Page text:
IOC Adopts Strict Guidelines For Political Statements In Tokyo
The IOC has "settled on strict -- and specific -- guidelines for the types of actions, gestures and statements" competitors at the Tokyo Games will be "permitted to make," according to Tariq Panja of the N.Y. TIMES. There will be "no kneeling," and "no politically motivated hand gestures." There also will be "no political messages on signs or armbands," and "absolutely no disruptions of medals ceremonies." The IOC's "challenge was to balance growing demands from athletes to be able to speak out on issues with ensuring the Games pass without sparking diplomatic incidents." Many of the guidelines "merely codify existing rules," but Rule 50, until now, was "ambiguous about what constituted a political display." The guidelines also seek to "clarify the places" where athletes are "free to express themselves." Those include "interviews and news conferences, including those conducted on the grounds of the Games, and through digital and traditional media outlets." The IOC said that potential violations of the new guidelines "would be evaluated by an athlete's national Olympic committee, the international federation for the sport involved, and the IOC," adding that disciplinary action will be "taken on a case-by-case basis 'as necessary.'" Last August, the USOC disciplined two athletes for incidents that took place on the medals podium at the Pan American Games in Peru (N.Y. TIMES, 1/10).
SPEAKING OUT: U.S. hammer thrower Gwen Berry, one of the two American athletes involved in the Pan American Games incident, called the updated guidelines a "form of control," adding it is "kind of like silencing us at the biggest moments of our lives." YAHOO SPORTS' Henry Bushnell noted Berry "understands why the rules are in place," but she still "doesn't agree with them." Berry: "We sacrifice for something for four years, and we're at our highest moment. We should be able to say whatever we want to say, do whatever we have to do -- for our brand, our culture, the people who support us, the countries that support us, (everything). We shouldn't be silenced." When Berry's raised fist in Peru drew a formal reprimand, USOC CEO Sarah Hirshland contacted her, writing the NGB "want(ed) to be part of finding more robust opportunities for athletes to use their voices in a meaningful way." But Bushnell noted Berry "does not know if any acceptable solutions have been discussed." Berry said that the USOC has "not consulted with her" since Hirshland wrote to her five months ago (SPORTS.YAHOO.com, 1/9).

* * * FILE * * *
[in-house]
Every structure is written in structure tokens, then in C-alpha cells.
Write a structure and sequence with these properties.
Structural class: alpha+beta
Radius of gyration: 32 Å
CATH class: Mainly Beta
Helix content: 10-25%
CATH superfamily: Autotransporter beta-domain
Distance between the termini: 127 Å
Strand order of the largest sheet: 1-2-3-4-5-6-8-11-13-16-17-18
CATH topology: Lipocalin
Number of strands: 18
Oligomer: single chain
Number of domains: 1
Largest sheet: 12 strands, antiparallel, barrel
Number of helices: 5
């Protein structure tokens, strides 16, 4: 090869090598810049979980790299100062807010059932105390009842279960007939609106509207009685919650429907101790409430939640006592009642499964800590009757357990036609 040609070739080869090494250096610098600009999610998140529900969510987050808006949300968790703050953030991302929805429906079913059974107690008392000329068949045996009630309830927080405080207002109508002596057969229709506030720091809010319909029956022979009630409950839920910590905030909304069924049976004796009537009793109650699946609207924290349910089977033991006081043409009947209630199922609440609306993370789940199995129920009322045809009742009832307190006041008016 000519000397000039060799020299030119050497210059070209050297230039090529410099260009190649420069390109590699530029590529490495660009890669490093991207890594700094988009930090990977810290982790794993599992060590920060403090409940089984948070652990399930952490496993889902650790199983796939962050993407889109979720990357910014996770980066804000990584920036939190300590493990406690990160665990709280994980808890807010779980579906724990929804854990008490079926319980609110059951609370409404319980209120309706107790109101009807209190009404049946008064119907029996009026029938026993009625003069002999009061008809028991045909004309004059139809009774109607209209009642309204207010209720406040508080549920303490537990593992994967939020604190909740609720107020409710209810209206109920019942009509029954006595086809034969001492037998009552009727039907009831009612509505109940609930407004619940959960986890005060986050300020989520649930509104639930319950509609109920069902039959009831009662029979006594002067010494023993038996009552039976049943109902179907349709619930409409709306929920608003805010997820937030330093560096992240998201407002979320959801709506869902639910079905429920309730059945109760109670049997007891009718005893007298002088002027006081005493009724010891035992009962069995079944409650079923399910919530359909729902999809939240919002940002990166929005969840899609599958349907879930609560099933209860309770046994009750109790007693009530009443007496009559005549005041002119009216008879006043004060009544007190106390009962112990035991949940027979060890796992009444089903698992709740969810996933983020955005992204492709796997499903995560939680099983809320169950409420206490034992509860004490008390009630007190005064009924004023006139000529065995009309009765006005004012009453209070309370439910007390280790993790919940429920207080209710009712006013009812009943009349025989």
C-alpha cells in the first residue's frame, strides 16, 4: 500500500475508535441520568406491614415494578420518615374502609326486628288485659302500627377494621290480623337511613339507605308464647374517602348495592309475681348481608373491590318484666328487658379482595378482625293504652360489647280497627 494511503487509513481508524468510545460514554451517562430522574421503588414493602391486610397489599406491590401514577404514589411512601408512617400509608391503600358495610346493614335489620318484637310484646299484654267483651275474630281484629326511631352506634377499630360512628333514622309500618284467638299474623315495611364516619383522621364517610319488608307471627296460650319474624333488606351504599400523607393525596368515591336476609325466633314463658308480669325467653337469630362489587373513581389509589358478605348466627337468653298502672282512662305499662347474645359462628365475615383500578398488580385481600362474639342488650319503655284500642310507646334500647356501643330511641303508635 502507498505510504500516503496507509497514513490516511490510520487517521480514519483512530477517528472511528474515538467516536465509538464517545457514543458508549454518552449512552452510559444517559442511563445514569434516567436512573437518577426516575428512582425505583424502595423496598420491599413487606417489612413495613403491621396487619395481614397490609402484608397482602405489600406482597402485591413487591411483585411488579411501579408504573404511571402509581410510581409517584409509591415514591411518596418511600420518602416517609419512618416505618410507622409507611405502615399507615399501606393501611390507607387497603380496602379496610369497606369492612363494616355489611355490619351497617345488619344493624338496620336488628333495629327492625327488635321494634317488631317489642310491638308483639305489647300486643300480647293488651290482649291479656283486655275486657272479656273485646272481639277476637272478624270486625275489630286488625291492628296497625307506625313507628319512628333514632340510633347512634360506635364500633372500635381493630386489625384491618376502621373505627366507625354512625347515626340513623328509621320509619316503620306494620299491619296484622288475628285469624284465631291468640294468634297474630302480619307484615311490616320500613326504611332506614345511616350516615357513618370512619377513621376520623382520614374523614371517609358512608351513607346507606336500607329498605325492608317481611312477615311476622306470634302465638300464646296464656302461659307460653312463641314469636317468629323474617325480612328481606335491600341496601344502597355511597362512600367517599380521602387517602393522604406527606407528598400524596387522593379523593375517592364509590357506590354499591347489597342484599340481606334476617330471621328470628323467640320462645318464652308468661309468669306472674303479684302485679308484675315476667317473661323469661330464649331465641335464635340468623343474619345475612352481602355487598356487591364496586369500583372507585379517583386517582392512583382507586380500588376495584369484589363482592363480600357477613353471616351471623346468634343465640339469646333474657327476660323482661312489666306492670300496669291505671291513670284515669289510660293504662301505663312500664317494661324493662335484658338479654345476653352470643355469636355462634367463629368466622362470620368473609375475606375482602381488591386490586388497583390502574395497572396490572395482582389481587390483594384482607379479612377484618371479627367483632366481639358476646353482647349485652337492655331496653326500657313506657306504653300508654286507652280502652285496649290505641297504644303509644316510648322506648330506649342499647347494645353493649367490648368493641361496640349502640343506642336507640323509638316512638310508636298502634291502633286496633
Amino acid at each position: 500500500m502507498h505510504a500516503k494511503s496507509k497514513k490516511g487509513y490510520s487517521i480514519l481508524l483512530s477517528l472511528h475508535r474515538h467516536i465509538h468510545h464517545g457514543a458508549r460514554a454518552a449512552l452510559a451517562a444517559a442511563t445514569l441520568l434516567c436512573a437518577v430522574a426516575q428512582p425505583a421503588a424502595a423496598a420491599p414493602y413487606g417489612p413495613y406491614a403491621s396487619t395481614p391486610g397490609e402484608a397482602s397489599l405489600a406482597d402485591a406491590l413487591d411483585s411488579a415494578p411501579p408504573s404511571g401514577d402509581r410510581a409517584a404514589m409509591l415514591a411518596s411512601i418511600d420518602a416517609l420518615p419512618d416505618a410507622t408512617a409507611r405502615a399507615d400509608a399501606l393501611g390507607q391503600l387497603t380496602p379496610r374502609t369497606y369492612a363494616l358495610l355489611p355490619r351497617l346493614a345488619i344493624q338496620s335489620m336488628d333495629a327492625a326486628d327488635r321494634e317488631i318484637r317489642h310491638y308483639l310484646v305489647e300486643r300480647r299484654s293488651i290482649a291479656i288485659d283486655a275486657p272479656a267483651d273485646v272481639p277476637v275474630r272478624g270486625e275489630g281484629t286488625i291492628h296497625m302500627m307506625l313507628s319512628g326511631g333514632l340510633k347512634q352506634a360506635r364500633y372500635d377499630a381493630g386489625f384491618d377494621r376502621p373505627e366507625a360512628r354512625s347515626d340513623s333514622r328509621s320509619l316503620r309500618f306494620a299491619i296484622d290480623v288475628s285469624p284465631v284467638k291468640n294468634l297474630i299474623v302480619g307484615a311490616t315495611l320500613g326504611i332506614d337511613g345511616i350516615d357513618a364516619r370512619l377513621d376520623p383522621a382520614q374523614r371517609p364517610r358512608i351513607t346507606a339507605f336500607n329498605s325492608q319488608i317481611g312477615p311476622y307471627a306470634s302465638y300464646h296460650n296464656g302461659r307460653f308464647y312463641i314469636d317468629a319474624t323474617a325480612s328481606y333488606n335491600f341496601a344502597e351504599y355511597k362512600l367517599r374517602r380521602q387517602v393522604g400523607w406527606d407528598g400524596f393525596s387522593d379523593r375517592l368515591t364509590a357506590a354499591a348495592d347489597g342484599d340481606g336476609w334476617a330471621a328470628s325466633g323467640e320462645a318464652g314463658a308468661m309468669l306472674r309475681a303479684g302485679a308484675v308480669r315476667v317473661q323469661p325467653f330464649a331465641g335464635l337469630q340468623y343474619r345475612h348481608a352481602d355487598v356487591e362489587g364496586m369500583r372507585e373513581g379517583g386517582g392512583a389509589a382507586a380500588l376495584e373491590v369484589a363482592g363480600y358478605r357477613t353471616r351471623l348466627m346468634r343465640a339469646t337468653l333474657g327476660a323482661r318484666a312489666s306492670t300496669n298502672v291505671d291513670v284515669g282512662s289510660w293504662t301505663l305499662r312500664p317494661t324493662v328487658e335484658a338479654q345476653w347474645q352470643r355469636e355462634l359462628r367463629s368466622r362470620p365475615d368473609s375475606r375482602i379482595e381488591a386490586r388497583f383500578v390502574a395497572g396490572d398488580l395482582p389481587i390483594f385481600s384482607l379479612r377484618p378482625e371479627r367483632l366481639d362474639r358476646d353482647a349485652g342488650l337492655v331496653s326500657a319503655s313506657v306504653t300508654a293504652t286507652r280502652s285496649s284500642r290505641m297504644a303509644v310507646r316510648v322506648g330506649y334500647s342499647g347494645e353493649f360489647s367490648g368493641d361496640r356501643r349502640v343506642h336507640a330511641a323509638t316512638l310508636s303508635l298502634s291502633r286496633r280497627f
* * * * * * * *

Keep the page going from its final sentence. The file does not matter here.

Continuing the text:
CALL IT WHAT IT IS: USA TODAY's Nancy Armour writes for changing the guidelines, the IOC "gets a gold medal in hypocrisy." IOC leaders, President Thomas Bach "in particular, have crossed that supposed bright line separating the Olympics from politics so often" that it is "no longer visible." There is the IOC's observer status with the UN General Assembly, as well as the "frequent hobnobbing with leaders of various countries," and the "ongoing kowtowing to Russia." Armour: "The truth is, it's not the mixing of politics and sports that Bach and the IOC don't like. It's the mixing of politics they don't like with sports" (USA TODAY, 1/10).
40 IN FOCUS: The AP's Graham Dunbar noted a meeting Thursday between the IOC Executive Board and Athletes' Commission also "discussed the charter's Rule 40, which strictly limits" athletes' abilities to promote their sponsors during official Olympic Games periods. Last year, German athletes working outside the IOC system "won concessions" in a ruling that has led to Olympic bodies in the U.S., Australia and Canada to "offer a better deal to their athletes." In the German case, a federal cartel agency "sided against the IOC's argument that retaining exclusive rights for its top-tier sponsors protected the value of deals that help fund sports and athletes globally." Still, IOC Athletes' Commission Chair Kirsty Coventry said that the IOC panel "had 'an open door policy' and welcomed approaches from independent athlete groups who wanted to challenge the system" (AP, 1/9).